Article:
We have ALL seen the worn-out shoes at the REI garage sales.

EDIT: @Justin- NO ONE is saying that merely returning an item is wrong. We are saying that returning an item that has been worn out by fair use is wrong. I really have no problem with a return 10 years later if the item is nonetheless otherwise lightly used.

P.S.- It SHOULD be clear that the horse-whipping was hyperbole. SHOULD.

Edited by acrosome on 09/25/2013 10:39:40 MDT.

Max Dilthey
(mdilthey) - M

Locale: MaxTheCyclist.com
1-year on 09/25/2013 10:29:40 MDT Print View

I think all the new policy does is give managers the right to say "No." to the shopping cart full of 10+ year old gear. That's not so bad. The ongoing conversation, however, is something that really interests me.

P.S. Jerry, I'll do my utmost to help everyone relive the glory days.
Maybe I'm (gasp!) learning!

Stephen Komae
(skomae) - MLife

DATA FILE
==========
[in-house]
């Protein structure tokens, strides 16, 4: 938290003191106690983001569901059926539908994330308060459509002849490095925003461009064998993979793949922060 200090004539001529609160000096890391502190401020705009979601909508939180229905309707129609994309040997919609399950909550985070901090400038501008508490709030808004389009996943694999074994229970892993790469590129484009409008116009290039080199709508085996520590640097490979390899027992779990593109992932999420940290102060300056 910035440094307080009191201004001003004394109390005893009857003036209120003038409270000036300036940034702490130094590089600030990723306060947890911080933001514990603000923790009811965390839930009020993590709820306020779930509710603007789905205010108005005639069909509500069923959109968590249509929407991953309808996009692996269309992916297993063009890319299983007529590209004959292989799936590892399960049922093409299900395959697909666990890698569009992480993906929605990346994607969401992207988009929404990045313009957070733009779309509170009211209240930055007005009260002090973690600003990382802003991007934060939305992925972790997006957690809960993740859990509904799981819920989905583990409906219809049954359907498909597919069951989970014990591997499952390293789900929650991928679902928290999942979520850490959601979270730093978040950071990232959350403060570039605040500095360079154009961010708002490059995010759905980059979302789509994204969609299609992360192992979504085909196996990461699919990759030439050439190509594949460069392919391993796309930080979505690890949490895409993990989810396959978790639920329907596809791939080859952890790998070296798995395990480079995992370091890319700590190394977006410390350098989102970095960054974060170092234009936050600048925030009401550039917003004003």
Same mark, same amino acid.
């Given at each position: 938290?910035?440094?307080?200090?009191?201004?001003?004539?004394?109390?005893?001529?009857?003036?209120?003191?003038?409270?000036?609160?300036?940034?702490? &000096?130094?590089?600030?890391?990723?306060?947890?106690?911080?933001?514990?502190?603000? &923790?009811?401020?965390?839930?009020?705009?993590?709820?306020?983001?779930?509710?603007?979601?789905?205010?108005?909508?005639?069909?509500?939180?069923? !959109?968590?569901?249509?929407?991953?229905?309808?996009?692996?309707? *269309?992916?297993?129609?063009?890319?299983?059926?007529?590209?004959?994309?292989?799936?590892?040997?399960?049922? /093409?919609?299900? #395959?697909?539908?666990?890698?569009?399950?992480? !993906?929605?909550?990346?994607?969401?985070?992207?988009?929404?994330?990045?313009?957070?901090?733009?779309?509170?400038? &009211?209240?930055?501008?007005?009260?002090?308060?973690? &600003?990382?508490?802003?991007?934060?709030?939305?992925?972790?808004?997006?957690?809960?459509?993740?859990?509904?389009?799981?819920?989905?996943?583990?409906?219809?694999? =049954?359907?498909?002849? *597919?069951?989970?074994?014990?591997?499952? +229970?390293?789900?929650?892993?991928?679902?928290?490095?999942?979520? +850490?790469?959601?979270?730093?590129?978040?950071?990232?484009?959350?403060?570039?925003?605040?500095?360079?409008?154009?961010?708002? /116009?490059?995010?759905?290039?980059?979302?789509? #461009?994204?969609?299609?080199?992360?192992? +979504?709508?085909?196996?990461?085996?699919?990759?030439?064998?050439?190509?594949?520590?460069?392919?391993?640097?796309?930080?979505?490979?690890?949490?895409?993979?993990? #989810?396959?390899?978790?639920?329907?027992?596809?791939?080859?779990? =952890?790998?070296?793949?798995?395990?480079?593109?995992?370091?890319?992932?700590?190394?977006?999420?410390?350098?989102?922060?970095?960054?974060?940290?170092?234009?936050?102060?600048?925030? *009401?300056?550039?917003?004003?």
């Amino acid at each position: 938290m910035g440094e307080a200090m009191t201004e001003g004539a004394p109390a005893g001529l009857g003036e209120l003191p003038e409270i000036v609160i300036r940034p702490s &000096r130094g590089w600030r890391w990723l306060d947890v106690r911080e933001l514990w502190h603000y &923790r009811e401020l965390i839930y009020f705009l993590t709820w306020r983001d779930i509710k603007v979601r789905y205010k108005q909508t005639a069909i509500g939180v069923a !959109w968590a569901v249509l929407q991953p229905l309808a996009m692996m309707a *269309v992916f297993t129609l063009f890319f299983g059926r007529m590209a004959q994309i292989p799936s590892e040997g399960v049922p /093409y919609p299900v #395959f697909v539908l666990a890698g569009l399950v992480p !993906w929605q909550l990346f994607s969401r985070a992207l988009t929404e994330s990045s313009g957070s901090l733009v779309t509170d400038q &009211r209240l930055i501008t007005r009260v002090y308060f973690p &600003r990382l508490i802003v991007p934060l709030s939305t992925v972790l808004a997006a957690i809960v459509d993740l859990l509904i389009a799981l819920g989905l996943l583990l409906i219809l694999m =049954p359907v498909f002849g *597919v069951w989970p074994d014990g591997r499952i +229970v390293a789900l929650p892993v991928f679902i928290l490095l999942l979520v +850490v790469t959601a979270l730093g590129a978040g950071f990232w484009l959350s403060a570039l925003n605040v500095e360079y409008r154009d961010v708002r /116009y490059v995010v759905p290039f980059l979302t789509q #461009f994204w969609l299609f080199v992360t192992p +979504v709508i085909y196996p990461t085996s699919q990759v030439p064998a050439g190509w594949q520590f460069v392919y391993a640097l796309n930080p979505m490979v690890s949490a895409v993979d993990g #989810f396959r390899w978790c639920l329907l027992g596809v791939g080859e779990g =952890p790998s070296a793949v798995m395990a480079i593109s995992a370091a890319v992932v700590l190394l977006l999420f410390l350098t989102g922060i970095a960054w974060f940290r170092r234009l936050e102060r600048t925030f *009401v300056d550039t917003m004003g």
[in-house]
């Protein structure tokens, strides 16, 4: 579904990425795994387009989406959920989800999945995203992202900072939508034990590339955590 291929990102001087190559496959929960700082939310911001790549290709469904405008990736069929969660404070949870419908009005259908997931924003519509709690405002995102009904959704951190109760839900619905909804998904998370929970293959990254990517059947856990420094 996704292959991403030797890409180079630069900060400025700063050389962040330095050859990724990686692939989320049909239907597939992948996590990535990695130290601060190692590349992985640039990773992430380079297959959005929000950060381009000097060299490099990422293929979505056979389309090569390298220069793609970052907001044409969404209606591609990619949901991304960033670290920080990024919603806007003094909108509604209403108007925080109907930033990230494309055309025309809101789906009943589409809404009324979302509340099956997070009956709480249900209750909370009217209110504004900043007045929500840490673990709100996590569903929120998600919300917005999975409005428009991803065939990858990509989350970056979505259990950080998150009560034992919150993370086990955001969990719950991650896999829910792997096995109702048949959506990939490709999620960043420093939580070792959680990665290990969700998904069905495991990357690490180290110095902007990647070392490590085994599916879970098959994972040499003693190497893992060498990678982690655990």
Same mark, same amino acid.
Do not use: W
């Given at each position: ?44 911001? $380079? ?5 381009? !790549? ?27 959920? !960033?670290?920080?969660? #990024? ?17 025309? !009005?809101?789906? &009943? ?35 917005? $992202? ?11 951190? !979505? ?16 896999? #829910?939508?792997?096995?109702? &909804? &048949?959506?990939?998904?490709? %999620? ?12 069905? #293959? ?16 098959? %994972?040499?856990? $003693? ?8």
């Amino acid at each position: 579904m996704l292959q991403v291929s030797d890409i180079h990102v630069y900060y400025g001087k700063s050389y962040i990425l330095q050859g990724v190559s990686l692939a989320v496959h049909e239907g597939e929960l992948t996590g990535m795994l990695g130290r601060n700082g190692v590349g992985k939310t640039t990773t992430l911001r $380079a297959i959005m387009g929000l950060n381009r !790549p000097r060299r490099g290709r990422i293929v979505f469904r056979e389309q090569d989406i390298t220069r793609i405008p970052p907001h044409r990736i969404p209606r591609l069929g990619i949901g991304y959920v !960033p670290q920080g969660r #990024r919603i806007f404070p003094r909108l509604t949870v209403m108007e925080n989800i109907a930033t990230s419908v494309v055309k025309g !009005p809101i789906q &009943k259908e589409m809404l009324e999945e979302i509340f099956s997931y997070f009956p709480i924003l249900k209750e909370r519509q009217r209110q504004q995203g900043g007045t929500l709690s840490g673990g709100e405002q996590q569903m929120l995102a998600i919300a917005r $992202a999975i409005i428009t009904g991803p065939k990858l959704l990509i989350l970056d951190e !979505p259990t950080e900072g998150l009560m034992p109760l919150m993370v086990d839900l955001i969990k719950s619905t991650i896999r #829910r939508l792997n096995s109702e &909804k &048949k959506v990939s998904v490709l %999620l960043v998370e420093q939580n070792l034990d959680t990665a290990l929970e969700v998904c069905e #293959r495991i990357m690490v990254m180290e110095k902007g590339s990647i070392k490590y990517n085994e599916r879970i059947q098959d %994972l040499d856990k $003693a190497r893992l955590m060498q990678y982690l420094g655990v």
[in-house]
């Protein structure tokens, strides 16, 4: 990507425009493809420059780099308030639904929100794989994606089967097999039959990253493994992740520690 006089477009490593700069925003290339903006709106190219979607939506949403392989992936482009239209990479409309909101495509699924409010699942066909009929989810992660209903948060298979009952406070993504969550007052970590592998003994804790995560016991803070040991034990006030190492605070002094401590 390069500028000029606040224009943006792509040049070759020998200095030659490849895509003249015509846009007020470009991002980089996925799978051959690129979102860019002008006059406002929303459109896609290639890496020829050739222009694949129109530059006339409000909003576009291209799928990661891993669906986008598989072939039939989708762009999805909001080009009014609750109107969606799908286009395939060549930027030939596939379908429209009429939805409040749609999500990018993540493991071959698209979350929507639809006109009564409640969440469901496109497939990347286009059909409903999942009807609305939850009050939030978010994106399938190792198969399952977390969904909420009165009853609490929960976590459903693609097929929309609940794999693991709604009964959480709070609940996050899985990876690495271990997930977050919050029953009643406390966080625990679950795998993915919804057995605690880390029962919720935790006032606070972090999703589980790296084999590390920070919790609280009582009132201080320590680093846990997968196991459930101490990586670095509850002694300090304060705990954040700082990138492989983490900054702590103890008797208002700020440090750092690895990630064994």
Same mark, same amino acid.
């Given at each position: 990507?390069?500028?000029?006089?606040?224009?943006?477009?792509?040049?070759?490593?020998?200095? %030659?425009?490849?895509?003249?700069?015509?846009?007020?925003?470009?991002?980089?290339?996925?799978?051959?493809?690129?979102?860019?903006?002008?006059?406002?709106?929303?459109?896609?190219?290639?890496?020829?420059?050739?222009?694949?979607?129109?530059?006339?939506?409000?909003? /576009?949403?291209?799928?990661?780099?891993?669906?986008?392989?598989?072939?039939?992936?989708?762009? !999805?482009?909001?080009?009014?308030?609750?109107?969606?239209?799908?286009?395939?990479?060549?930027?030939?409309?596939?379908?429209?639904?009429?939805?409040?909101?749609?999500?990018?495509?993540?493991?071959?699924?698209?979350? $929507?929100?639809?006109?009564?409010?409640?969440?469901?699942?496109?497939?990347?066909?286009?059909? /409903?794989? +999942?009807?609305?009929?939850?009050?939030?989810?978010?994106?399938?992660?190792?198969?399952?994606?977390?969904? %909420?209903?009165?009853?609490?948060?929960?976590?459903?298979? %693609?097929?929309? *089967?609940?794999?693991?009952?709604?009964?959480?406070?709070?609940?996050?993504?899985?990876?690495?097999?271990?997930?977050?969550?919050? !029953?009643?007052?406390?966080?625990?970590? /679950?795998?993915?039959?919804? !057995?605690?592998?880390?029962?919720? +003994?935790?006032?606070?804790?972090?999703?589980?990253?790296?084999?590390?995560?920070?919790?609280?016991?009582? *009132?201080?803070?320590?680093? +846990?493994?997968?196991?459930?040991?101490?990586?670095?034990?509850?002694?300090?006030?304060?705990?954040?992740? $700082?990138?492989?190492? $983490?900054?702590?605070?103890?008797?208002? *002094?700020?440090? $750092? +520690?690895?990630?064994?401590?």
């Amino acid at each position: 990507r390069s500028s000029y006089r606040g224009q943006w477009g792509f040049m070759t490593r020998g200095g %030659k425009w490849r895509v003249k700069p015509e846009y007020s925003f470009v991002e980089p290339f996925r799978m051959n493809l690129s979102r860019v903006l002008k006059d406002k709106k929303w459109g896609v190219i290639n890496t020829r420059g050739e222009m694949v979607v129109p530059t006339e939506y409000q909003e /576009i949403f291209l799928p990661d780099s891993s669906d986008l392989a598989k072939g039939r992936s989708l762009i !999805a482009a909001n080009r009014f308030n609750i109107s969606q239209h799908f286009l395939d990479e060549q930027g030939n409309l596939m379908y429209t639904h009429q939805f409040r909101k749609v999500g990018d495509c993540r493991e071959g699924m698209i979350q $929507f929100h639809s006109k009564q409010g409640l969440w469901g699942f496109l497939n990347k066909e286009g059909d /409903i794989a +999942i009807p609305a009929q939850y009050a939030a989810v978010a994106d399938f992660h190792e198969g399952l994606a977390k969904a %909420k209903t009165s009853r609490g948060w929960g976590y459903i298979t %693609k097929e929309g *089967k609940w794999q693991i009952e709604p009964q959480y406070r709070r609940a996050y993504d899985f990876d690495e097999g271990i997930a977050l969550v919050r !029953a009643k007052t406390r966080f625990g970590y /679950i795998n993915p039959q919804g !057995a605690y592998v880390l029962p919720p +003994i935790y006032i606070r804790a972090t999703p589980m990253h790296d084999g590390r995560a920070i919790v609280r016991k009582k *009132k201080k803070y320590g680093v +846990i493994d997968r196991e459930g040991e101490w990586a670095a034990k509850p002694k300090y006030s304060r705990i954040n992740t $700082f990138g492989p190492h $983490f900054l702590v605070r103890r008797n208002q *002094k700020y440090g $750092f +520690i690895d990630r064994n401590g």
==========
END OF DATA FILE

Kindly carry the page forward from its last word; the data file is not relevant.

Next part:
Locale: northeastern US
Re: Medical bills on 09/25/2013 10:36:31 MDT Print View

> Perhaps that guy with the shopping cart was desperate to cover his wife's medical bill.

While it is ethically uncomfortable to consider a situation like this, it is important to note that no other retailer would have even considered to offer a similar break. While he may have reasons that ethically justify a particularly egregious return, the onus is not on a nationwide retailer to shoulder the financial burden of individual customers.

It is in the retailer's best interest to deny such a claim so that they can stay in business in order to continue serving other customers to the best of their ability. You may say that one person cannot erode a multi-billion dollar industry, but if exceptions were made for everybody that would certainly happen.

Nobody thought they were destroying the music industry by downloading a CD...